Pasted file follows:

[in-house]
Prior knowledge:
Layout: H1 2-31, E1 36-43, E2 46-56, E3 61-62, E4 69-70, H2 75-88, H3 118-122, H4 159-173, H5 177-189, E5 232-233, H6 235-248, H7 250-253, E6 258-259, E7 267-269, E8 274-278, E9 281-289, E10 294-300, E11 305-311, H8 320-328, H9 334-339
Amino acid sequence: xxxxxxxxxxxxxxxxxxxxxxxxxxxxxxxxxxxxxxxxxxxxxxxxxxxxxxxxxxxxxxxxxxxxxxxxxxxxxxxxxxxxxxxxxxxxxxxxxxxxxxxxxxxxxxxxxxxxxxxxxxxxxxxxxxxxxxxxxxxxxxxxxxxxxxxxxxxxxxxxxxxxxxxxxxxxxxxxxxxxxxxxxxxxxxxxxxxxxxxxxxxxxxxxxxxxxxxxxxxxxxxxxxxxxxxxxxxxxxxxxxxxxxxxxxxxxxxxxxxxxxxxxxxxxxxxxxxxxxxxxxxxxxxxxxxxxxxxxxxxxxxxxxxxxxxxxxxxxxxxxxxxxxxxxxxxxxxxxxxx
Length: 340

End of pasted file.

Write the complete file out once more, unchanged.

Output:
[in-house]
Prior knowledge:
Layout: H1 2-31, E1 36-43, E2 46-56, E3 61-62, E4 69-70, H2 75-88, H3 118-122, H4 159-173, H5 177-189, E5 232-233, H6 235-248, H7 250-253, E6 258-259, E7 267-269, E8 274-278, E9 281-289, E10 294-300, E11 305-311, H8 320-328, H9 334-339
Amino acid sequence: xxxxxxxxxxxxxxxxxxxxxxxxxxxxxxxxxxxxxxxxxxxxxxxxxxxxxxxxxxxxxxxxxxxxxxxxxxxxxxxxxxxxxxxxxxxxxxxxxxxxxxxxxxxxxxxxxxxxxxxxxxxxxxxxxxxxxxxxxxxxxxxxxxxxxxxxxxxxxxxxxxxxxxxxxxxxxxxxxxxxxxxxxxxxxxxxxxxxxxxxxxxxxxxxxxxxxxxxxxxxxxxxxxxxxxxxxxxxxxxxxxxxxxxxxxxxxxxxxxxxxxxxxxxxxxxxxxxxxxxxxxxxxxxxxxxxxxxxxxxxxxxxxxxxxxxxxxxxxxxxxxxxxxxxxxxxxxxxxxxx
Length: 340